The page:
GRAFAN #7, Jan, 1971, Denny O’Neil Interview, Part 2

In first issue under new editor Walt Jaschek, St. Louis fanzine GRAFAN continues in-depth, 1970 conversation with writer of Green Lantern, Wonder Woman, Justice League.

GRAFAN 7 cover

GRAFAN #7 is available as a digital download pdf.

Rare fanzine: GRAFAN 7, January, 1971
Publisher: Graphic Fantasy Society of St. Louis
16 mimeograph pages + offset cover
Circulation: < 100 copies
Editor: Walt Jaschek
Cover by: Steve Houska and Mike McFadden
Features: Editorial, Fandom Report (member and meeting news), book reviews
Main Feature: Part 2 of interview with DC writer Denny O’Neil by Len McFadden, Mike McFadden, Bob Schoenfeld, Bob Gale and Walt Jaschek
Mimeograph production: Walt Stumper

Covers and content lists for all 9 issues of GRAFAN (originally ATLANTIS.)

GRAFAN 7 page 3

50 years ago this month, at the unripe young age of 15, I was putting the finishing editorial touches on the 7th issue of the fanzine GRAFAN, “official propaganda organ” of the Graphic Fantasy Society of St. Lous. I inherited the Editor role with this issue from beloved, late founder Mike McFadden. Oh, how I remember being excited that this January, 1971 issue was to feature original cover art by Steve Houska; the second part of our in-depth, far-ranging interview with the late Denny O’Neil, superstar DC comics writer [see below;] and other fun fannish fodder. The mimeograph machine was running hot that cold Midwest winter.

GRAFAN 7, page 4

GRAFAN the organization was a St. Louis-based, comics-focused fan club, composed mostly of teens and young adults with passion for storytelling, writing, art and collecting. It met regularly in the homes of members and fostered creative collaborations of all kinds. One subset of members met on a dark, 1970 night in Bob (“Green Vomit”) Gale’s basement to interview a guest: DC Comics writer and St. Louis native Denny O’Neil on a brief return visit home. I was with Len McFadden, Mike McFadden, Bob Schoenfeld and Bob Gale for the long, recorded conversation with Denny. It was transcribed and ran across three issues. The second part ran here in issue #7.

GRAFAN 7, page 6

Here is an excerpt from the interview.

QUESTION: You’ve scripted all of The Creeper stories so far, right?

DENNY O’NEIL: All but the first one, in Showcase.

QUESTION: How did you like working with Steve Ditko?

DENNY: Yeah, sure is nice weather we’re having.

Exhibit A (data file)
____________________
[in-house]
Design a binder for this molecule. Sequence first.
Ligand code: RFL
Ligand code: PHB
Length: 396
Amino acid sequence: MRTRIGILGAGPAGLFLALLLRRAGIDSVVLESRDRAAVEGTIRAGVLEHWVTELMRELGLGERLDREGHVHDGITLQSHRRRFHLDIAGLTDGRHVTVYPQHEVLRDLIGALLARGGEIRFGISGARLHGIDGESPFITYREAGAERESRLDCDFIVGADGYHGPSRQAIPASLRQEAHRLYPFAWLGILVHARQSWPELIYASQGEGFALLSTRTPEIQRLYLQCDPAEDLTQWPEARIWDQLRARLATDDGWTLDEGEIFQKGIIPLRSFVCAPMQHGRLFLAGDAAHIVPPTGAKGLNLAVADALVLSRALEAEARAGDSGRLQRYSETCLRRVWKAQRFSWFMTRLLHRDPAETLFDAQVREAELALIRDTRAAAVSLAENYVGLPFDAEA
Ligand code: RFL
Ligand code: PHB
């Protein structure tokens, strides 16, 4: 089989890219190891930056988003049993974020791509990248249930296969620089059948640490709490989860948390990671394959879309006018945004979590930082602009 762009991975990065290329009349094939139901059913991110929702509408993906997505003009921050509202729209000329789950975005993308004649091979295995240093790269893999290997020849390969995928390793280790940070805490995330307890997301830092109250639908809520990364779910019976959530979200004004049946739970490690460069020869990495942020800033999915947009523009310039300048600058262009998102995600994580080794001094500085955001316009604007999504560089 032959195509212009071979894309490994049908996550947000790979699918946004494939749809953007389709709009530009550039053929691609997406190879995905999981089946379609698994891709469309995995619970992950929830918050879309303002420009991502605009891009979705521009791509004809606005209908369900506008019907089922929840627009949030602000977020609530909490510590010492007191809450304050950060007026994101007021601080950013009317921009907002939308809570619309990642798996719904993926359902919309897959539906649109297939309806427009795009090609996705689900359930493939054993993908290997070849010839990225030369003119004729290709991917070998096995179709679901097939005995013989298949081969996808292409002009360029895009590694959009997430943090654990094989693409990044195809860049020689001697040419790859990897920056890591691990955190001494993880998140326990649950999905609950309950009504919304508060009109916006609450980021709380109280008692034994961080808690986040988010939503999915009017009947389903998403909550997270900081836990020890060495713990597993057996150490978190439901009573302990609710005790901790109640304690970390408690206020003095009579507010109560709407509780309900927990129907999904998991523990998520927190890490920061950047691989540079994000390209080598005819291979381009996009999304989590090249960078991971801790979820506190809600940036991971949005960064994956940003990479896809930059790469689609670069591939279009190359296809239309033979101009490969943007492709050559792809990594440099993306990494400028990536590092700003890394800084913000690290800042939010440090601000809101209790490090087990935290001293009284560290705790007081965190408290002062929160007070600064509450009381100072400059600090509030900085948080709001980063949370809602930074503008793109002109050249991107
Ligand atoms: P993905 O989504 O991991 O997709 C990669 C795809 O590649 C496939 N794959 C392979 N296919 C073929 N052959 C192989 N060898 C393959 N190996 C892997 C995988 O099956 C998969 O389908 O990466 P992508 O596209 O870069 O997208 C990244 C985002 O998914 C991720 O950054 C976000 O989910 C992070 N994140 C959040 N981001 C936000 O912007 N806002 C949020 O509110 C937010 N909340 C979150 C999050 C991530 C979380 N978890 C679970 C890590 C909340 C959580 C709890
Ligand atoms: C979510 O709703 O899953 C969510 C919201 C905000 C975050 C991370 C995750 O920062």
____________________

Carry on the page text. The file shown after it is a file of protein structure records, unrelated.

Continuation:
(Laughter)

DENNY: Oh, Steve is a very talented guy, but we disagree in every possible way to disagree, on politics, on morality. So after the second issue of The Creeper, I wasn’t working with Steve anymore, I was working through Dick Giordano. It was even worse for Steve Skeates, who looks like a hippy, and was doing Hawk & Dove with him. Ditko is very big on Ann Rand, and Mr. A really sums up his philosophy. He didn’t like — I think he didn’t like — The Creeper because we had the character sort of self-satirizing in the thought balloons. He made fun of himself, and it’s one of Ditko’s tenets that heroes have to be serious and straight. I don’t think he liked how we handled the character at all…

GRAFAN 7, page 7

Another section of the interview, from page 8:

Q. With National trying out these new Western titles, I don’t suppose there’s any chance they might revive Bat Lash?
Denny O’Neil: There is a chance! There’s no chance of it being feature in his own book; Bat Lash had the worst sales in the whole 30-some-odd-year history of National Periodical Publications. We’re targeting it for a back-up feature in one of Giordano’s books.
Q. Was Infantino as excited about Bat Lash as everyone else was?
Denny O’Neil: Oh, it was Infantino’s baby. He kept it alive three issues after the business office told him to stop publishing it.

Shortly after this interview, the same group of fans escorted Denny to St. Louis tv station KPLR-TV, where he was interviewed live on-air about his comic book work as we watched from the green room. Could there have been a bigger thrill for me, a 15-year-old comic book fan also fascinated with journalism TV production? No, of course not. But there was hardly time to take it all in. There was another issue of GRAFAN to put out…

To read this part of the Denny O’Neil interview:
GRAFAN 7 as a digital download pdf
And to read the rest of the interview:
GRAFAN 6 as a digital download pdf
GRAFAN 8 as digital download pdf

For more of GRAFAN, see also:
ATLANTIS 1 and GRAFAN 2-8 (1970-1971)
SON OF GRAFAN (1971-1975)
granfan.org

SON OF GRAFAN (SOG) zines 1971-75 | St. Louis comics fandom

The second fanzine/newsletter of the Graphic Fantasy Society of St. Louis was edited by a dedicated few, including me. Fun times!